Surya Deva: Students and Political Reforms: The Journey has Begun!

Students and Political Reforms: The Journey has Begun!
Written by Dr. Surya Deva
Dr. Surya Deva is an Associate Professor at the School of Law of City University of Hong Kong. He specializes in business and human rights and comparative constitutional law.
Original: CityU Monthly April 2015 Edition

Should politics be part of the menu at universities? Should Hong Kong students be concerned about political reforms? 

Views may differ, but in my opinion the answer to both questions should be a definite yes, especially in the context of the current political climate in Hong Kong. Several reasons underpin this opinion. The first reason stems from the paradoxical nature of constitution making: a constitutional instrument (like the Basic Law) binds not only the generation that drafted it, but also future generations who had no say in its content. 

But why should the Basic Law bind the Hong Kong youth who were not even born when the Basic Law was adopted in April 1990? This paradox is resolved by giving future generations a right to amend constitutions – regarded as “living” documents – as and when necessary or even adopt a new constitution in certain situations. Therefore, students would need to assess whether the Basic Law meets their aspirations or not. History tells us that denying such a right to current/future generations often results in internal conflicts, coups and revolutions. The case of Hong Kong, despite being a special administrative region of China, is unlikely to be different.        

Second, although the Basic Law guarantees – until 2047 at least – a “high degree of autonomy”, various freedoms, the rule of law and the “way of life” are practiced by Hongkongers, yet the very institutions designed to safeguard these values are undermining them. The role played by the Hong Kong’s Chief Executive (CE) is a case in point. The CE takes an oath to uphold the Basic Law. In practice, however, Mr. CY Leung is doing little to uphold Hong Kong’s autonomy or to pursue the ultimate goal of electing the CE as well as the Legislative Council members by universal suffrage.

The CE is of course accountable to the central government as well. But such accountability is only in accordance with the Basic Law, not in breach of its provisions. Serving two masters is never easy. Nevertheless, Hong Kong people, including students, would need to monitor the CE’s conduct closely, so that he does not pay lip service to his constitutional obligations.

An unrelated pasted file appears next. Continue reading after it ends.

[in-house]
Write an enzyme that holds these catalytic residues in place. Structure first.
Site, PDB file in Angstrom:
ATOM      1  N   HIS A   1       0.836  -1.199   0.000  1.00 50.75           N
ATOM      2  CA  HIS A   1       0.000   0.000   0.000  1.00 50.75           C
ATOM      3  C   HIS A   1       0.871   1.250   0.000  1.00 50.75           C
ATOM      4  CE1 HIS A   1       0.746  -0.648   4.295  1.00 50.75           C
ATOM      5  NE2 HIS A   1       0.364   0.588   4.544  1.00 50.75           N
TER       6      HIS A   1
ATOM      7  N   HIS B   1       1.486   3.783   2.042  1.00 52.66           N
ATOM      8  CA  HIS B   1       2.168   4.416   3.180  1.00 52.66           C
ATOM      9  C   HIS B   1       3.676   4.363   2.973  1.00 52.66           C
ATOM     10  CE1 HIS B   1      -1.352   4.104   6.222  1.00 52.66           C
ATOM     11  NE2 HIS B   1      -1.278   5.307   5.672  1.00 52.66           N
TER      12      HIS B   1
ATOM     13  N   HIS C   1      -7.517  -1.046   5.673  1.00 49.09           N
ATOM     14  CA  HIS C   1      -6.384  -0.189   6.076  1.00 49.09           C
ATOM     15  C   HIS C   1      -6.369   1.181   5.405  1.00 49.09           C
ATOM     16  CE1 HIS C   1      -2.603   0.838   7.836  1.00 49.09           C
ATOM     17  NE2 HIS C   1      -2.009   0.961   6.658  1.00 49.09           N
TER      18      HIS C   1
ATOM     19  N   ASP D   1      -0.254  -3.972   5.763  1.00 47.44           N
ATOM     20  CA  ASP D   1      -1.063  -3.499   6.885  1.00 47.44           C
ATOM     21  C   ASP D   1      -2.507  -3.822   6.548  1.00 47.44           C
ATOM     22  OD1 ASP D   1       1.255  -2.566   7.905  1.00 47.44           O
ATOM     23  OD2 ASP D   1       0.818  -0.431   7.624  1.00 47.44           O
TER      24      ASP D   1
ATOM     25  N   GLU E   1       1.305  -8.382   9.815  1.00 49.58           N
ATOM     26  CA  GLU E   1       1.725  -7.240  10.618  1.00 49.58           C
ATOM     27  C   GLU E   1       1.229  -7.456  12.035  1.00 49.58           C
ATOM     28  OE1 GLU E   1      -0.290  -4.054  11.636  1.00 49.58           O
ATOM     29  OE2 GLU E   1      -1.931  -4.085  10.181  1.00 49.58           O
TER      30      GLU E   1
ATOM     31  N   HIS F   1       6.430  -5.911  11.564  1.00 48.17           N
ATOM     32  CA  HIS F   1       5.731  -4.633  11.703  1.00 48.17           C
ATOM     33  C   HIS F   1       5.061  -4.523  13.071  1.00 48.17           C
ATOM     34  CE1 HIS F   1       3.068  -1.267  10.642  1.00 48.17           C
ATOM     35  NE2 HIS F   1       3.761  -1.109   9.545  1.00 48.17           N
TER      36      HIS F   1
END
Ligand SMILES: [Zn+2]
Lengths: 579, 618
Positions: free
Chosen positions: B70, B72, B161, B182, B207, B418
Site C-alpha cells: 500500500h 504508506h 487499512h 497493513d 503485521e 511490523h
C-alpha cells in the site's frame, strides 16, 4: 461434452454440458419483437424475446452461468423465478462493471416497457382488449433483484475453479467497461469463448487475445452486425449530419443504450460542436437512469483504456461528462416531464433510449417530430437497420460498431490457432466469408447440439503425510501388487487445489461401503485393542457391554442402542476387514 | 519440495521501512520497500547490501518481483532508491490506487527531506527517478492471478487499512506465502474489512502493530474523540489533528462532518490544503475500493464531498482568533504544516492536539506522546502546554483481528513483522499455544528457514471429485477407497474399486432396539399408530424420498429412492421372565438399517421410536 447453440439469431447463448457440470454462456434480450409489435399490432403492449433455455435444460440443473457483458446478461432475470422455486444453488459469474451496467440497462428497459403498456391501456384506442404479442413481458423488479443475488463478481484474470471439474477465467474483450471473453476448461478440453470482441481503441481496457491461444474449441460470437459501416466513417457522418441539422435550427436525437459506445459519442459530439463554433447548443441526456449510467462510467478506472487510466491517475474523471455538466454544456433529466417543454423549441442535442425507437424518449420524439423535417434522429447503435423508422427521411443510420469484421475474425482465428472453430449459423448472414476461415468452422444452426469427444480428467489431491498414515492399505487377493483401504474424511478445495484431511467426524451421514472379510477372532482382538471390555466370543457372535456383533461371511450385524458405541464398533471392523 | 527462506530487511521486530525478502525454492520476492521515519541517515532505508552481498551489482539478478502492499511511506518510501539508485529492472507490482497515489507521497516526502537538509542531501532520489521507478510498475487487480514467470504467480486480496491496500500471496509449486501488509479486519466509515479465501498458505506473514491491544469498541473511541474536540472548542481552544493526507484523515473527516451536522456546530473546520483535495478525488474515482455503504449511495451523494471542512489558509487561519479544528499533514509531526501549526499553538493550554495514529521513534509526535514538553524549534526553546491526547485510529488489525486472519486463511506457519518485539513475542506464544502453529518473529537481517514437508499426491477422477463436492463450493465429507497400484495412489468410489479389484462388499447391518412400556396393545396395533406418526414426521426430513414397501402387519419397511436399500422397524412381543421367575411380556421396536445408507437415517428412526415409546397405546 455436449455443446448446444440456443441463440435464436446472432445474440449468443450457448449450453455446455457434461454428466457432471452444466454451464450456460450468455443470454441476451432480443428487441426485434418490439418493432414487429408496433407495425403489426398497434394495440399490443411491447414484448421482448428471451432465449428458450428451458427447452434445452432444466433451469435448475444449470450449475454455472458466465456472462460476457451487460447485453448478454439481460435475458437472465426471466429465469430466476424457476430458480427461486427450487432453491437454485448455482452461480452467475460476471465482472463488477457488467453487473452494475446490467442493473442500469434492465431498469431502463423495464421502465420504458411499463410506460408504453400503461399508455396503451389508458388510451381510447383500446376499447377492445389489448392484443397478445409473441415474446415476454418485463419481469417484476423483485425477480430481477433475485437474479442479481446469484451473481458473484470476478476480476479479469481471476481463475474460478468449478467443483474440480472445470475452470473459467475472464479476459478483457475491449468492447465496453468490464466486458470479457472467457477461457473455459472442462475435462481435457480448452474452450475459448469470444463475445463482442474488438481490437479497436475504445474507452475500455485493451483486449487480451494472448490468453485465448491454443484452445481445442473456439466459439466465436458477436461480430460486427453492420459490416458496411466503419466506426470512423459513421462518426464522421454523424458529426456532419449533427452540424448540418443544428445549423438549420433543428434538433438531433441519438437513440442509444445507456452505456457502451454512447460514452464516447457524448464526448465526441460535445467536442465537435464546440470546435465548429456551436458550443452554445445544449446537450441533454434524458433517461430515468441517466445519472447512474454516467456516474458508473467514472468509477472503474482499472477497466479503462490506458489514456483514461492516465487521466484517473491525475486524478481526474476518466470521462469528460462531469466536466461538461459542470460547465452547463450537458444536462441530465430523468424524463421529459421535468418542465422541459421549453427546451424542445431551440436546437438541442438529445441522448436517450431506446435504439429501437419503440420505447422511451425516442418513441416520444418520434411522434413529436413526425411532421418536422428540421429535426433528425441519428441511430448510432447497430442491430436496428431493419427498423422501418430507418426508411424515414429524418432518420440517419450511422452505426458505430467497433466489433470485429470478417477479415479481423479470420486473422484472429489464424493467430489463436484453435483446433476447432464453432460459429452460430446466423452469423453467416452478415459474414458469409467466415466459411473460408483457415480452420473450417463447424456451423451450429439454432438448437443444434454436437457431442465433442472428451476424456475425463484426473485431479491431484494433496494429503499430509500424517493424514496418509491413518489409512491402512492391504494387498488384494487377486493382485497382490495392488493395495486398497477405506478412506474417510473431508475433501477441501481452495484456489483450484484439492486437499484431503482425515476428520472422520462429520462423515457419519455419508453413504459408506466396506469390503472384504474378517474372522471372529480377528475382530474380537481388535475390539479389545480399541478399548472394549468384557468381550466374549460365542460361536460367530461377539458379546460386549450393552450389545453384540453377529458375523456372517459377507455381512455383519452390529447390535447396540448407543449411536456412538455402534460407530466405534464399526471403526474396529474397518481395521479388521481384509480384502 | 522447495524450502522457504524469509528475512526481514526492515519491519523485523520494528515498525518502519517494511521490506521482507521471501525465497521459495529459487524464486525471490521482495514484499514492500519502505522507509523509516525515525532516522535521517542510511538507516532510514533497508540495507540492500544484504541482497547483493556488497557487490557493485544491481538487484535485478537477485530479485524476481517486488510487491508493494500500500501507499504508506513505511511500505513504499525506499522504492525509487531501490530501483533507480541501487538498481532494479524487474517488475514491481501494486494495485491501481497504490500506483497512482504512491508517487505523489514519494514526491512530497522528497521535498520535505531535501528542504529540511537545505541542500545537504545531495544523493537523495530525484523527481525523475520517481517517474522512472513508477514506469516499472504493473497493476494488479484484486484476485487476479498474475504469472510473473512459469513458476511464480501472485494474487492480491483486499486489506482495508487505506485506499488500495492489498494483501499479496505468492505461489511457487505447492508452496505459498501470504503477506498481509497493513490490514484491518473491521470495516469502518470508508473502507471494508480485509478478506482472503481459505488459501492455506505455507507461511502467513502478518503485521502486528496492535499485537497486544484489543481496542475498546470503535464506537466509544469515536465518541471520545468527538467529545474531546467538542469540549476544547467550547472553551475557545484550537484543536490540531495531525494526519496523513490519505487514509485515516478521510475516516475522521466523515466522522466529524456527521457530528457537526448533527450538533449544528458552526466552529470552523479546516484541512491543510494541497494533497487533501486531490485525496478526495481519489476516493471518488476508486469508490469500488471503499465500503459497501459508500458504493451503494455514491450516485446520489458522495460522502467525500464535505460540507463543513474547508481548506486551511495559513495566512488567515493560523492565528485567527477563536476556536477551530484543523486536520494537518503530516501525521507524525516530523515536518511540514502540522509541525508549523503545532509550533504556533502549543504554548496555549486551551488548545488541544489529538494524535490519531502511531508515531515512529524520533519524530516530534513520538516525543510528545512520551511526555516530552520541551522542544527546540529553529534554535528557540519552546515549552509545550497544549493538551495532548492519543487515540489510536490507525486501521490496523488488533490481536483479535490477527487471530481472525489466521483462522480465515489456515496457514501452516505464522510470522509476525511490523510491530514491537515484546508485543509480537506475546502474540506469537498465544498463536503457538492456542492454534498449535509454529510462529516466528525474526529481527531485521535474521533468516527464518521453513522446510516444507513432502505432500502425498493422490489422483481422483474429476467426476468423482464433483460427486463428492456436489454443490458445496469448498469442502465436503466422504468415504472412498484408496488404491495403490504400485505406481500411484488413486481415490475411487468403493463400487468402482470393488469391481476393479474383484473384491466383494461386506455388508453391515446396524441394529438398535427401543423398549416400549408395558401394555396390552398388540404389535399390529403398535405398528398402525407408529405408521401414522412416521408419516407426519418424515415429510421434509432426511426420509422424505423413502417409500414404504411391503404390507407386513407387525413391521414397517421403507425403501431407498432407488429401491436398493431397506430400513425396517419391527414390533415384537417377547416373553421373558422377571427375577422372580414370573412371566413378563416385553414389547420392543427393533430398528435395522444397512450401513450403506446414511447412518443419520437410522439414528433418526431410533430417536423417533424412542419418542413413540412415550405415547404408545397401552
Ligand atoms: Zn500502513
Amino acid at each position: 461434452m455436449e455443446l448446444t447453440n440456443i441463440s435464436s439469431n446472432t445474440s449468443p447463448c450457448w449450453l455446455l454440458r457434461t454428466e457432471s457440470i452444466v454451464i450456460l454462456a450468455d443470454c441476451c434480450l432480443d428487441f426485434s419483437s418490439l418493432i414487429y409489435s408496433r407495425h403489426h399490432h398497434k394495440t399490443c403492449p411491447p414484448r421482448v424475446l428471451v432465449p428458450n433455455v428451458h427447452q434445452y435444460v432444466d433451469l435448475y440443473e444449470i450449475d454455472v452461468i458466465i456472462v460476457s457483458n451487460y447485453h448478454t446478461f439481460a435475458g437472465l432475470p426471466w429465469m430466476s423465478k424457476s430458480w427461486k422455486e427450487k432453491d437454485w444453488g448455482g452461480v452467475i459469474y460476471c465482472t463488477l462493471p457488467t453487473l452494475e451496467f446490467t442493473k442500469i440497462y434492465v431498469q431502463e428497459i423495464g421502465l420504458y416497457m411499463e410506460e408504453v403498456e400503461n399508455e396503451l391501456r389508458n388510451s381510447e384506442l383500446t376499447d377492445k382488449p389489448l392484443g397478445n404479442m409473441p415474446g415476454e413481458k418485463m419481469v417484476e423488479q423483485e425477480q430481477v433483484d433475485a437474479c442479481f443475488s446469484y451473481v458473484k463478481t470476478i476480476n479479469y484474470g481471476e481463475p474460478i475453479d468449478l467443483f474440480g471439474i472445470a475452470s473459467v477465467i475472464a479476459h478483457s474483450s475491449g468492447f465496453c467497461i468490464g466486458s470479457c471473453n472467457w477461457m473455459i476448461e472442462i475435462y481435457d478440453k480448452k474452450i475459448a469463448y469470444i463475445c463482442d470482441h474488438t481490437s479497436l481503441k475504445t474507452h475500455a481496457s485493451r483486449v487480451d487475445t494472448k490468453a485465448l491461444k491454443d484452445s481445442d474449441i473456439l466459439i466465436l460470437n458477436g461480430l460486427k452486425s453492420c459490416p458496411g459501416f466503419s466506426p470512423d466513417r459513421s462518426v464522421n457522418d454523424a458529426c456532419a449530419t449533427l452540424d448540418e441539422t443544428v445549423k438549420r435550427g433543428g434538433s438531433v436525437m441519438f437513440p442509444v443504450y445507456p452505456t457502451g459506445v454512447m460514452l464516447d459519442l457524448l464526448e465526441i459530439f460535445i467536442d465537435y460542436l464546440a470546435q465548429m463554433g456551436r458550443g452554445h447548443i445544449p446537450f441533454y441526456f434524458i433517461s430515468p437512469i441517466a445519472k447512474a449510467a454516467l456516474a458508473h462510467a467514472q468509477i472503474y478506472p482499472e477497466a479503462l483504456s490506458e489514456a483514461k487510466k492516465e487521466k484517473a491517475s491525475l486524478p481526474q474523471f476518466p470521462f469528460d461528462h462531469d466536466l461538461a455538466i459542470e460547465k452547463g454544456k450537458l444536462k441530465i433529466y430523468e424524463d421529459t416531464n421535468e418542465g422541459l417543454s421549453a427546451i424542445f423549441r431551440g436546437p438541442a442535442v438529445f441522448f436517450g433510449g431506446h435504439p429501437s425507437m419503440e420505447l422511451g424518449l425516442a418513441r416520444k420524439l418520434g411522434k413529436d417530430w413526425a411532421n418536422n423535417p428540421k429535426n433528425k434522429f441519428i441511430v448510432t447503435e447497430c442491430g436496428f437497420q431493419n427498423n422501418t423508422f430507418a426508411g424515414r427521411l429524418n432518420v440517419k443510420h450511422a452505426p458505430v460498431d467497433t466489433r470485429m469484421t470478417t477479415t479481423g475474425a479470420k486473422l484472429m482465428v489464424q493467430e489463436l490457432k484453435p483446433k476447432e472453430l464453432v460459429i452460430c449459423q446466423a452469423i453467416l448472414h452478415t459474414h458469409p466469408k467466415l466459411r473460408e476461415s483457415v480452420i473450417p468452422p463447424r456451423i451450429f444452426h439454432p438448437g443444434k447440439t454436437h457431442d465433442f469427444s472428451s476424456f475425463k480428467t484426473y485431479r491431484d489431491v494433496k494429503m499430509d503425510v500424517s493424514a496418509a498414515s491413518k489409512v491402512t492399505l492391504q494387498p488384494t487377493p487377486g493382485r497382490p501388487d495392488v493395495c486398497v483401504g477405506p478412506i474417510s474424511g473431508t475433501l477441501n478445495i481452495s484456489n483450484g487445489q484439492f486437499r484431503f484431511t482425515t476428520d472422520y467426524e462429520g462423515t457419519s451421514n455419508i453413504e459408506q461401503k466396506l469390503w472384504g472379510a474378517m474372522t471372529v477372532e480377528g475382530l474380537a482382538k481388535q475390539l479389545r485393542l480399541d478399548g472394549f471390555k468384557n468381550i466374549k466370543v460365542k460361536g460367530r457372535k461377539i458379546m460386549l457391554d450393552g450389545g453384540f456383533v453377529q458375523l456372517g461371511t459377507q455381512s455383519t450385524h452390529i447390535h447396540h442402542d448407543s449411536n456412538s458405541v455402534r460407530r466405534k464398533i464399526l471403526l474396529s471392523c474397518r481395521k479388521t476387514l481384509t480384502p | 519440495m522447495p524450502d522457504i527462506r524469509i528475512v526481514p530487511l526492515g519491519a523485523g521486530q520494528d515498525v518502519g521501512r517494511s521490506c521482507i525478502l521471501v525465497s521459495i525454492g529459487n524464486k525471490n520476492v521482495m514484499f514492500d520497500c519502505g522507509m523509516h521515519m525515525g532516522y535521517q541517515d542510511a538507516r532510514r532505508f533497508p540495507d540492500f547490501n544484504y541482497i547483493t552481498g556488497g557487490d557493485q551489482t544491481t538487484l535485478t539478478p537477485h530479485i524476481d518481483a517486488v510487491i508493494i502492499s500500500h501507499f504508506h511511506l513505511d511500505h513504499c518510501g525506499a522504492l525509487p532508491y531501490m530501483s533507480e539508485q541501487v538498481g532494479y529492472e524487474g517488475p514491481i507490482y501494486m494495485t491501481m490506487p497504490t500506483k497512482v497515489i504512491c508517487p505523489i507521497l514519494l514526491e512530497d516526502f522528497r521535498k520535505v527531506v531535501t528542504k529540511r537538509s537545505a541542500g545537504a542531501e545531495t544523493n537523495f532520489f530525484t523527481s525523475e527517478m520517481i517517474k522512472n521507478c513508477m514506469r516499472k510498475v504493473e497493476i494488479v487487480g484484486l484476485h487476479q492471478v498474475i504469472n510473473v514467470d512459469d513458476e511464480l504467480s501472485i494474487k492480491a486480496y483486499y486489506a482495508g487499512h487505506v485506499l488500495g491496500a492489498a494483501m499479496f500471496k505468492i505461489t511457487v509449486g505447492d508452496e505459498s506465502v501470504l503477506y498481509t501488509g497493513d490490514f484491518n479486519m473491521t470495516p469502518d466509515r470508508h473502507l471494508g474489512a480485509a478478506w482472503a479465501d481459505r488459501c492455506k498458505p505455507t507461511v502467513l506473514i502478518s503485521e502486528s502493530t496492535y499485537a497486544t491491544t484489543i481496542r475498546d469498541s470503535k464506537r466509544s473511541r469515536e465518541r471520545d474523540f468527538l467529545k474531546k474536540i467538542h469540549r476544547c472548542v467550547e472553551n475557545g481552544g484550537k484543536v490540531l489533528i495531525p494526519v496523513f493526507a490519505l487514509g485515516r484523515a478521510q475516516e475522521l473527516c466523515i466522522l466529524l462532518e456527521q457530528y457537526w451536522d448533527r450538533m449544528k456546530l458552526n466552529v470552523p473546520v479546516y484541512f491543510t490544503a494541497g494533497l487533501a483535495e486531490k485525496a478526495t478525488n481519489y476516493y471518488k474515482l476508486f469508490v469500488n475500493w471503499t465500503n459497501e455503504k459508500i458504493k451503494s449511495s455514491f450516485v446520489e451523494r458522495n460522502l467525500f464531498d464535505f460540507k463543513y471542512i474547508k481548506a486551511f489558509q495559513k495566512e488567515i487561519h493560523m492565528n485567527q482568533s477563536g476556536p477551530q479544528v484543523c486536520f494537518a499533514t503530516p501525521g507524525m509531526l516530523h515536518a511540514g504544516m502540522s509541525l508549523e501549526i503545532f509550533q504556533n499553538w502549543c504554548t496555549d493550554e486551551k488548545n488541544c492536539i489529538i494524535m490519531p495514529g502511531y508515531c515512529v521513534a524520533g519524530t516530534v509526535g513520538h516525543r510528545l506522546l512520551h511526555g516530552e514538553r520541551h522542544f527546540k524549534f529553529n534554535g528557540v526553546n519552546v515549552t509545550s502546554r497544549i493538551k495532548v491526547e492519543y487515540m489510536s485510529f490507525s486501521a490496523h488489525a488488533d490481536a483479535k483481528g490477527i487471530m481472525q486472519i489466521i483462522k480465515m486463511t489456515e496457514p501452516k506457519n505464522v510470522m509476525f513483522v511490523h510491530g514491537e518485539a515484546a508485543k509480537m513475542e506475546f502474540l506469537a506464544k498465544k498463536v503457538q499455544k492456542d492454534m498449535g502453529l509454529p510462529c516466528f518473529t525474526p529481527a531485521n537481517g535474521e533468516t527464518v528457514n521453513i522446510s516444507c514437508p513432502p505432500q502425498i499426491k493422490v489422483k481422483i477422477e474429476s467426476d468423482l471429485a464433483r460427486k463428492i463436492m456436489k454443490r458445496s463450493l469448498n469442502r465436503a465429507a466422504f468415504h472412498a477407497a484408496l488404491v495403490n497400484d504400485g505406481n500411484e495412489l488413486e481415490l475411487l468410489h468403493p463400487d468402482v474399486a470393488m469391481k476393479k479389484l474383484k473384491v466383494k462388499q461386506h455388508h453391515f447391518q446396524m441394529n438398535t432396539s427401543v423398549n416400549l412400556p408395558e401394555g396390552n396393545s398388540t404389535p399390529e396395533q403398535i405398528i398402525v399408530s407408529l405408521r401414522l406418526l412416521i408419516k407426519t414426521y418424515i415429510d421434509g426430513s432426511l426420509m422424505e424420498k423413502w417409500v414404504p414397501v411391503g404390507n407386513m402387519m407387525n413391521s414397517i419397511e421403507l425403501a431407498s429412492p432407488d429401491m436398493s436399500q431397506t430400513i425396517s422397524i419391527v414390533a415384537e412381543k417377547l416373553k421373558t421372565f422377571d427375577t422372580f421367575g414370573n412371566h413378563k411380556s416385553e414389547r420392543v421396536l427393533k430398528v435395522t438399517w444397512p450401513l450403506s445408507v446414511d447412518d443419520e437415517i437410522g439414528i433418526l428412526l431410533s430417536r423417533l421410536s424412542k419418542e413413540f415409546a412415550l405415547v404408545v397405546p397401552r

Third, students as part of civil society do have a role to play in making the government accountable. Their role has become more critical because the local government has not been active enough in catering to the needs of disadvantaged sections of society. The recent statement of the Financial Secretary John Tsang – that if you can’t afford a home, then don’t buy it – sums up the government attitude. Free markets do not mean that the government acts only for the benefit of powerful business tycoons.    

Fourth, after the umbrella movement, the central authorities are showing greater signs of controlling all types of institutions and bodies by packing them with pro-Beijing people. Such a systematic “institutional capture” will not only pose threats to Hong Kong’s autonomy but also stifle the space for creativity and dissenting views. This scenario again requires that all citizens are vigilant about rights and freedoms rather than relying solely on the local government institutions to act as a bulwark against pressures from Beijing. 

In short, students must engage creatively with the process of political reforms – not merely for their future, but also for the future of Hong Kong. The road to democracy in Hong Kong is likely to be long, but the journey has begun. As Professor Fu Hualing aptly reminded us that the seeds of democracy “have been planted; and there is simply no return”.

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